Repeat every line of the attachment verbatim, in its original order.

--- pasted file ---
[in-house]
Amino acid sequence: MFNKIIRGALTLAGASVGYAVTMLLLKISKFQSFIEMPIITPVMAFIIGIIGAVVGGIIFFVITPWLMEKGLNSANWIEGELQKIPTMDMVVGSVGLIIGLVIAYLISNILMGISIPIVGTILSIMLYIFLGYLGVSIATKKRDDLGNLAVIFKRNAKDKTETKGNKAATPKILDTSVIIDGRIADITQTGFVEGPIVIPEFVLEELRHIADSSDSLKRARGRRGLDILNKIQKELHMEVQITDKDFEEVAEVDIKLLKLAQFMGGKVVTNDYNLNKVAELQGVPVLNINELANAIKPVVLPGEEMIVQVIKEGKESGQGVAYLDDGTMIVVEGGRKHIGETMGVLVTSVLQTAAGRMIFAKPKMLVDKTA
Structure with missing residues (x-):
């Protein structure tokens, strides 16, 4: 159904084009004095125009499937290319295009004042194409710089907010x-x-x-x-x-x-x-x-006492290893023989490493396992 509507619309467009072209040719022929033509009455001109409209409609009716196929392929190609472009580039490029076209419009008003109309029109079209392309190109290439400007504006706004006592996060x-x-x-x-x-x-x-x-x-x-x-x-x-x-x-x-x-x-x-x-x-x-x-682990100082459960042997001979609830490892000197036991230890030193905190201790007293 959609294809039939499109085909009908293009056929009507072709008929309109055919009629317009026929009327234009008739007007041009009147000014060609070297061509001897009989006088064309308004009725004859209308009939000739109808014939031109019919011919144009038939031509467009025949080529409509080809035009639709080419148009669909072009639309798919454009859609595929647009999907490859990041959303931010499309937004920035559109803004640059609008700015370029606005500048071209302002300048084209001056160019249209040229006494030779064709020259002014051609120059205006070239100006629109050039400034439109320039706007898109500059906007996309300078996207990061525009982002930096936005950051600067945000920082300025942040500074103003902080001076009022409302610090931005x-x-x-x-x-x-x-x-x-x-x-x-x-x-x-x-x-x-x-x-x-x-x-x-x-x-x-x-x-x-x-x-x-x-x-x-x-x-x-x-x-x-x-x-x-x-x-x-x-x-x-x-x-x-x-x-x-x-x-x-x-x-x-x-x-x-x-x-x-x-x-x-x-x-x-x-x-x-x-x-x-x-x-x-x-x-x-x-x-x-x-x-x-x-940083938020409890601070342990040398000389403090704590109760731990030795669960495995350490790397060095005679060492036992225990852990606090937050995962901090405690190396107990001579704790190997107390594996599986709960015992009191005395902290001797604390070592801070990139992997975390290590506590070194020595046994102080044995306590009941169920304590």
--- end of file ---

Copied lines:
[in-house]
Amino acid sequence: MFNKIIRGALTLAGASVGYAVTMLLLKISKFQSFIEMPIITPVMAFIIGIIGAVVGGIIFFVITPWLMEKGLNSANWIEGELQKIPTMDMVVGSVGLIIGLVIAYLISNILMGISIPIVGTILSIMLYIFLGYLGVSIATKKRDDLGNLAVIFKRNAKDKTETKGNKAATPKILDTSVIIDGRIADITQTGFVEGPIVIPEFVLEELRHIADSSDSLKRARGRRGLDILNKIQKELHMEVQITDKDFEEVAEVDIKLLKLAQFMGGKVVTNDYNLNKVAELQGVPVLNINELANAIKPVVLPGEEMIVQVIKEGKESGQGVAYLDDGTMIVVEGGRKHIGETMGVLVTSVLQTAAGRMIFAKPKMLVDKTA
Structure with missing residues (x-):
């Protein structure tokens, strides 16, 4: 159904084009004095125009499937290319295009004042194409710089907010x-x-x-x-x-x-x-x-006492290893023989490493396992 509507619309467009072209040719022929033509009455001109409209409609009716196929392929190609472009580039490029076209419009008003109309029109079209392309190109290439400007504006706004006592996060x-x-x-x-x-x-x-x-x-x-x-x-x-x-x-x-x-x-x-x-x-x-x-682990100082459960042997001979609830490892000197036991230890030193905190201790007293 959609294809039939499109085909009908293009056929009507072709008929309109055919009629317009026929009327234009008739007007041009009147000014060609070297061509001897009989006088064309308004009725004859209308009939000739109808014939031109019919011919144009038939031509467009025949080529409509080809035009639709080419148009669909072009639309798919454009859609595929647009999907490859990041959303931010499309937004920035559109803004640059609008700015370029606005500048071209302002300048084209001056160019249209040229006494030779064709020259002014051609120059205006070239100006629109050039400034439109320039706007898109500059906007996309300078996207990061525009982002930096936005950051600067945000920082300025942040500074103003902080001076009022409302610090931005x-x-x-x-x-x-x-x-x-x-x-x-x-x-x-x-x-x-x-x-x-x-x-x-x-x-x-x-x-x-x-x-x-x-x-x-x-x-x-x-x-x-x-x-x-x-x-x-x-x-x-x-x-x-x-x-x-x-x-x-x-x-x-x-x-x-x-x-x-x-x-x-x-x-x-x-x-x-x-x-x-x-x-x-x-x-x-x-x-x-x-x-x-x-940083938020409890601070342990040398000389403090704590109760731990030795669960495995350490790397060095005679060492036992225990852990606090937050995962901090405690190396107990001579704790190997107390594996599986709960015992009191005395902290001797604390070592801070990139992997975390290590506590070194020595046994102080044995306590009941169920304590």